The UK’s new Eatwell Guide, launched last March, was put together by an ‘expert’ group primarily made up of representatives of the food and drink industry, says Dr Zoe Harcombe from the University of West Scotland.
The new guide emphasises the importance of starchy foods—which take up 38 per cent of the healthy plate, five per cent more than was recommended in the 2007 guidelines—and fruit and vegetables fill a further 40 per cent of the plate, while milk and dairy make up eight per cent, almost halving the amount considered healthy before.
In the 2007 guidelines, foods high in fats and sugars had ‘morphed’ into unsaturated fats and oils, says Dr Harcombe, which immediately prompted a nationwide advertising campaign from one of the UK’s major food manufacturers that celebrated their products special “dedicated section” on the food plate.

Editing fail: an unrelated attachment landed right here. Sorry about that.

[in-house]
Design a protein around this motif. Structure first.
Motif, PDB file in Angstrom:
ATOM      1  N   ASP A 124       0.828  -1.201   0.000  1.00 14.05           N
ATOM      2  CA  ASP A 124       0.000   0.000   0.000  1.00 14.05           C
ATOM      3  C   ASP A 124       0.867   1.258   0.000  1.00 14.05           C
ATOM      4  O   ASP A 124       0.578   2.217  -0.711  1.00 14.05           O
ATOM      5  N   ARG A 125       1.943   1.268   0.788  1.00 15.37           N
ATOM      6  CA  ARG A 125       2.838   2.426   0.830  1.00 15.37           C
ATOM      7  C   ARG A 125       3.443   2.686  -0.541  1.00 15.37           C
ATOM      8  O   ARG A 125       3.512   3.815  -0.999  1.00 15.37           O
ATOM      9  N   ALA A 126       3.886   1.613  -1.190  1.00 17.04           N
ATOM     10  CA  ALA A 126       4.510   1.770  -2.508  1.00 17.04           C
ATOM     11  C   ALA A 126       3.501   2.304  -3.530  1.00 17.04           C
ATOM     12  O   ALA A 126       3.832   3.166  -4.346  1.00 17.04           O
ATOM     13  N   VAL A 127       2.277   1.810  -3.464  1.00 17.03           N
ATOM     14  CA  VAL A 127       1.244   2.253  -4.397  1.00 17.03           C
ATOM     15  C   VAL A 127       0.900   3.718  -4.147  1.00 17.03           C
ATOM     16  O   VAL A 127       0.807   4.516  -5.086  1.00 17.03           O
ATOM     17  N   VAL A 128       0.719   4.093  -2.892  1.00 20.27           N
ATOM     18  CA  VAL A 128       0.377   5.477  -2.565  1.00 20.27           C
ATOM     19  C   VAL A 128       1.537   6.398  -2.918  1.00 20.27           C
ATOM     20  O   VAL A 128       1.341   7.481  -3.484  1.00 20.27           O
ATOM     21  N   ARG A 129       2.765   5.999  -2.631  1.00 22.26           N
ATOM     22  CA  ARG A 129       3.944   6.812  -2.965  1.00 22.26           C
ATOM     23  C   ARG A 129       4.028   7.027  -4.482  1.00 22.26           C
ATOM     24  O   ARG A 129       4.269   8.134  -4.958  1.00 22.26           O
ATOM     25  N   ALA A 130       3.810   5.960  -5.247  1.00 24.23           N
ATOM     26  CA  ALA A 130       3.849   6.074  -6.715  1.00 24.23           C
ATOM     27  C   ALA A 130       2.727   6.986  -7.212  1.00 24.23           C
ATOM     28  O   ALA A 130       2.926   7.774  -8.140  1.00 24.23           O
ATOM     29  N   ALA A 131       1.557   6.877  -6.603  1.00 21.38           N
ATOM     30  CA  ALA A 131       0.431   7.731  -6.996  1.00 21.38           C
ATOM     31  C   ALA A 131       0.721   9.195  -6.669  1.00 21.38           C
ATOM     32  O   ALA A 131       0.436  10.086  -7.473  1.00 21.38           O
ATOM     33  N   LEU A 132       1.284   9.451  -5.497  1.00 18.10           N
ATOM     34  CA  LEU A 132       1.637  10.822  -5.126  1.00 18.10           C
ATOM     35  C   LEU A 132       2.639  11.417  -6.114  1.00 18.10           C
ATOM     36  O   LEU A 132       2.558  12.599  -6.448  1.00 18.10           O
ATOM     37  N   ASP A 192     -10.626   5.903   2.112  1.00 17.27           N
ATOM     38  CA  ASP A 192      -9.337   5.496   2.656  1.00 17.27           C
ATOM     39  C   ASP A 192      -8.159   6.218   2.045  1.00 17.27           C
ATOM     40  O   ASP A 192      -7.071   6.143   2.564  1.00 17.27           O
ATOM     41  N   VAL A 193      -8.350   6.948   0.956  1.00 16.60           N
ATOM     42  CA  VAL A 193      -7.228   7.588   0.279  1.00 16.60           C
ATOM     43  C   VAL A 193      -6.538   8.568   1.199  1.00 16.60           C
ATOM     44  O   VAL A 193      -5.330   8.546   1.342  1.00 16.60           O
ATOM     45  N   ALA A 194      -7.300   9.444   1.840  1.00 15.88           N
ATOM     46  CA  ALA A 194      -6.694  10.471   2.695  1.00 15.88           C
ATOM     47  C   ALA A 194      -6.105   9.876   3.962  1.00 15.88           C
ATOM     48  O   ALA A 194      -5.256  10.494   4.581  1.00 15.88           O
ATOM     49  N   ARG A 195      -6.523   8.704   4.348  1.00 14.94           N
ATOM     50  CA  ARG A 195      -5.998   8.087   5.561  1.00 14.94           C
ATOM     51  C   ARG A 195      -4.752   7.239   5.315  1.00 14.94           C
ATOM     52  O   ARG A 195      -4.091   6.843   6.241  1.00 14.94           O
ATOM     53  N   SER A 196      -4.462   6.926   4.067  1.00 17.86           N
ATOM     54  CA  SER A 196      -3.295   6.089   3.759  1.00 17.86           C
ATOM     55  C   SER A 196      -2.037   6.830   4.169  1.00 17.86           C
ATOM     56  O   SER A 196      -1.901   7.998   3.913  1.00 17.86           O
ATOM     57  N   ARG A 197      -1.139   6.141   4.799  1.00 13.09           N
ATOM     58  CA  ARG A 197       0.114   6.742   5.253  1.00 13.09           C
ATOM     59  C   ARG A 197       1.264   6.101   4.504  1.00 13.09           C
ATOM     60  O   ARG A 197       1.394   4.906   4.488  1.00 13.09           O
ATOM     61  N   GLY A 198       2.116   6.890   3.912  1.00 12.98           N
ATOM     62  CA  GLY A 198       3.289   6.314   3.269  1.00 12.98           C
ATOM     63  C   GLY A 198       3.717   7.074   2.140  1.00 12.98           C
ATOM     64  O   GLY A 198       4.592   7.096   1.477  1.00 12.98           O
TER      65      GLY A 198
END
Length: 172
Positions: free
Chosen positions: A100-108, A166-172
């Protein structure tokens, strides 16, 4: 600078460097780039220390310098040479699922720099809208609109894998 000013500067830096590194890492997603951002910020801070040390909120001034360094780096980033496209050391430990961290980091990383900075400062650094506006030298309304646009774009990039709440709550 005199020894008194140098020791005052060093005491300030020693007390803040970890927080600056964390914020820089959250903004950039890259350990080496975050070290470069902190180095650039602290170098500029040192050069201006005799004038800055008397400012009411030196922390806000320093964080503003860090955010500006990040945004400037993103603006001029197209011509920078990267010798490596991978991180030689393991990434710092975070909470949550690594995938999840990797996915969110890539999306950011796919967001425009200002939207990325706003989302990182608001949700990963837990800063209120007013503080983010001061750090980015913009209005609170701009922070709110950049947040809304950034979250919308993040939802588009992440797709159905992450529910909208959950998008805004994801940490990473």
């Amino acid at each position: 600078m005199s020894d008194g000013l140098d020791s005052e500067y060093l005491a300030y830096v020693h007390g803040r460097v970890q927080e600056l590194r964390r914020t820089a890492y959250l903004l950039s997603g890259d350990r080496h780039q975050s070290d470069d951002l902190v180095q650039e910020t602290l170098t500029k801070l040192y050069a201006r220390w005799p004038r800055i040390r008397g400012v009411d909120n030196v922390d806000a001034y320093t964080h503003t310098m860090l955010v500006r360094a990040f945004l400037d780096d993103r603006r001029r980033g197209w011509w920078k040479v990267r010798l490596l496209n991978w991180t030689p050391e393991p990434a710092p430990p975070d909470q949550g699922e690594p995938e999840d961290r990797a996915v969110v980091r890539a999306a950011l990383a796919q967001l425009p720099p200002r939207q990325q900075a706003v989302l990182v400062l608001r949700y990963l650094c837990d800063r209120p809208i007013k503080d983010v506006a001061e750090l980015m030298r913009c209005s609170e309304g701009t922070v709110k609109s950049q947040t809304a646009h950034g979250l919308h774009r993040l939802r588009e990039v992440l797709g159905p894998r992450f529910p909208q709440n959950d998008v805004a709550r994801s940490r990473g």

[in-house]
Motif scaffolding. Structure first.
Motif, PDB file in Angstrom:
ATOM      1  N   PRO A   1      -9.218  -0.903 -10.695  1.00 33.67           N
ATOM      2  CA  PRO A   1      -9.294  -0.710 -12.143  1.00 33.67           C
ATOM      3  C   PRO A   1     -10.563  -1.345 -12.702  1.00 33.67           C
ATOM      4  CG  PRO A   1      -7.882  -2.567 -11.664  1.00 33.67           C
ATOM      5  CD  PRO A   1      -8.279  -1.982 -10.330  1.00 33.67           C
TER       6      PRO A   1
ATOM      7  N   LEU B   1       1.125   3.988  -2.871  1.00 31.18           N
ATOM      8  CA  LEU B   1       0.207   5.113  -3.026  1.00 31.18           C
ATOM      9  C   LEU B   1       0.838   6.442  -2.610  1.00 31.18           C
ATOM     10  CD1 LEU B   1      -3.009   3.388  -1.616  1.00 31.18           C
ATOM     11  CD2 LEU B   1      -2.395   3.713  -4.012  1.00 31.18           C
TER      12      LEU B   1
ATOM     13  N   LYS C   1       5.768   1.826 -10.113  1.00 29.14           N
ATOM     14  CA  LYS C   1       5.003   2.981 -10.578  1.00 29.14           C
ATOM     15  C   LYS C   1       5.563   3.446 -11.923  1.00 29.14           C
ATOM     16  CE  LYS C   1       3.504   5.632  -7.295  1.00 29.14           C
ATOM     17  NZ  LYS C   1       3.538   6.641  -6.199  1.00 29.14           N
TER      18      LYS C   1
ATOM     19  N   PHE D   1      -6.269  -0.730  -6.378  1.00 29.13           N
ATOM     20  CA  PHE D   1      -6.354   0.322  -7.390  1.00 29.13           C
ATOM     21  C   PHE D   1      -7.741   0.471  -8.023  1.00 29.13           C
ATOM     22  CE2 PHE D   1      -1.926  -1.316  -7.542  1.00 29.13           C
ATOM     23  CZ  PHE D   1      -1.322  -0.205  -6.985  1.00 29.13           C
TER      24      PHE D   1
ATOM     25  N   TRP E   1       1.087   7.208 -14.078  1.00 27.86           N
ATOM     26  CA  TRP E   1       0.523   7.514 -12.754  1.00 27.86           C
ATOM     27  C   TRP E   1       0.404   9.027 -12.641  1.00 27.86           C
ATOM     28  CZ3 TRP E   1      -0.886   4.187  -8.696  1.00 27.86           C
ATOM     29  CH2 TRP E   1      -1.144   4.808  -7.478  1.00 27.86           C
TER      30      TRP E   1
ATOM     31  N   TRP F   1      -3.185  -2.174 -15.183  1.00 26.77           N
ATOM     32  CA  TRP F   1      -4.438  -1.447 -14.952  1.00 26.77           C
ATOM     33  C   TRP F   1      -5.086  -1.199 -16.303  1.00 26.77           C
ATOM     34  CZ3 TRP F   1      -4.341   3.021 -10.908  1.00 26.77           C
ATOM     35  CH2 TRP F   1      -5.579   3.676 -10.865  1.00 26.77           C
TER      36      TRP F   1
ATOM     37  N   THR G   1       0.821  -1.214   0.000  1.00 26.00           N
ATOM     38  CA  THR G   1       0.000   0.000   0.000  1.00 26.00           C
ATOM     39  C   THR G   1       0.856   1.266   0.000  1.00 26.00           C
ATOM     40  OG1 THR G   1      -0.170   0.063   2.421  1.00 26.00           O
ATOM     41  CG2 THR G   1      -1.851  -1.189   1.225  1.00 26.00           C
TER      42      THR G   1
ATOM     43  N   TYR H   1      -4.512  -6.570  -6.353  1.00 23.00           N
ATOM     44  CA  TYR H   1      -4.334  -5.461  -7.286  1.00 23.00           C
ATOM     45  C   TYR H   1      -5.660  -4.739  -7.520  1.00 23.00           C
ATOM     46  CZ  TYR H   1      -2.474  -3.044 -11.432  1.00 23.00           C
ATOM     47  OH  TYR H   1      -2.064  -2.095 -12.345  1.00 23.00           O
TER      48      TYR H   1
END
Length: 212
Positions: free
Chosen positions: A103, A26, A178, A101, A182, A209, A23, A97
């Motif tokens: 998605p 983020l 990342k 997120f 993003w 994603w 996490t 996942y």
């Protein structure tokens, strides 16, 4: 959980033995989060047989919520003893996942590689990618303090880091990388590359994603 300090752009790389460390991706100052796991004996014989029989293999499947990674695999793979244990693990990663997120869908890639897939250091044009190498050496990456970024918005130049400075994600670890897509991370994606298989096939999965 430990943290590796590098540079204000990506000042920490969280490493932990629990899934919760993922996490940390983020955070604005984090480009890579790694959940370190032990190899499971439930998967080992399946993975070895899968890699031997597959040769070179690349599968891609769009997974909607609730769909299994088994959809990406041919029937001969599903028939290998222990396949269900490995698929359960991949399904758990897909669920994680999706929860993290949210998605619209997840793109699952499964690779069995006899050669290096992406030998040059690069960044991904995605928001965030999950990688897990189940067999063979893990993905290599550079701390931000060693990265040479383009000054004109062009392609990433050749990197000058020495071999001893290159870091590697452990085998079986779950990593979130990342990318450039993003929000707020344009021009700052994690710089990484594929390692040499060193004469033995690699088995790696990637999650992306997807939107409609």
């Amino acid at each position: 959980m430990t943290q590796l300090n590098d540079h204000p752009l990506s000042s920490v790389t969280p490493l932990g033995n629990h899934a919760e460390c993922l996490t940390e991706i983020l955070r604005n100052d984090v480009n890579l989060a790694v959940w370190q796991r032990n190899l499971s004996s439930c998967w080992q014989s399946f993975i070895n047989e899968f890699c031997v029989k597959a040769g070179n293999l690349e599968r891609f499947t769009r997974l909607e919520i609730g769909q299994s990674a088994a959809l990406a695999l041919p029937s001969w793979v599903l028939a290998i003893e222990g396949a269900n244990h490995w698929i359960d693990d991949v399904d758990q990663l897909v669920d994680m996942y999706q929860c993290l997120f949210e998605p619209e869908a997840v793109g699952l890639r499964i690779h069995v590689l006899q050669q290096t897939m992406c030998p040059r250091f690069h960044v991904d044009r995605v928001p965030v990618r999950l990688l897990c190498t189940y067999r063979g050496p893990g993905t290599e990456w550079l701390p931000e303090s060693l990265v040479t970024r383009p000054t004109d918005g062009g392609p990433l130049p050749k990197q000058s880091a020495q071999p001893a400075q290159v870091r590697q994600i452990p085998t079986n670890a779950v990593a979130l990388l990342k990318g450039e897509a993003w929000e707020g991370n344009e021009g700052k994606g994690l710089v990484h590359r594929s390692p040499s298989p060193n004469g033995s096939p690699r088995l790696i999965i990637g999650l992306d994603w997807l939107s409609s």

The guidelines are not supported by any science, but are shaped more by industry influence than evidence. “There has been no randomised controlled trial of a diet based on the Eatwell Plate or guide, let alone one large enough, long enough, with whole populations,” she says.
One example is the emphasis on eating more carbohydrates and fewer fats, a theory that hasn’t been based on any evidence, while the importance of carbs has never been tested. “Not even the hydration message—to drink six to eight glasses of sugar-free fluids every day—holds water,” she punned.
If there has been any test, it has demonstrated that current guidelines are wrong. For years, people have been urged to eat a high-carb and low-fat diet, and yet rates of obesity and diabetes continue to soar, and have done so since the 1980s when the recommendations were first mooted.
Overall, the Eatwell Guide has been a missed opportunity to tell people just to eat real food, she says.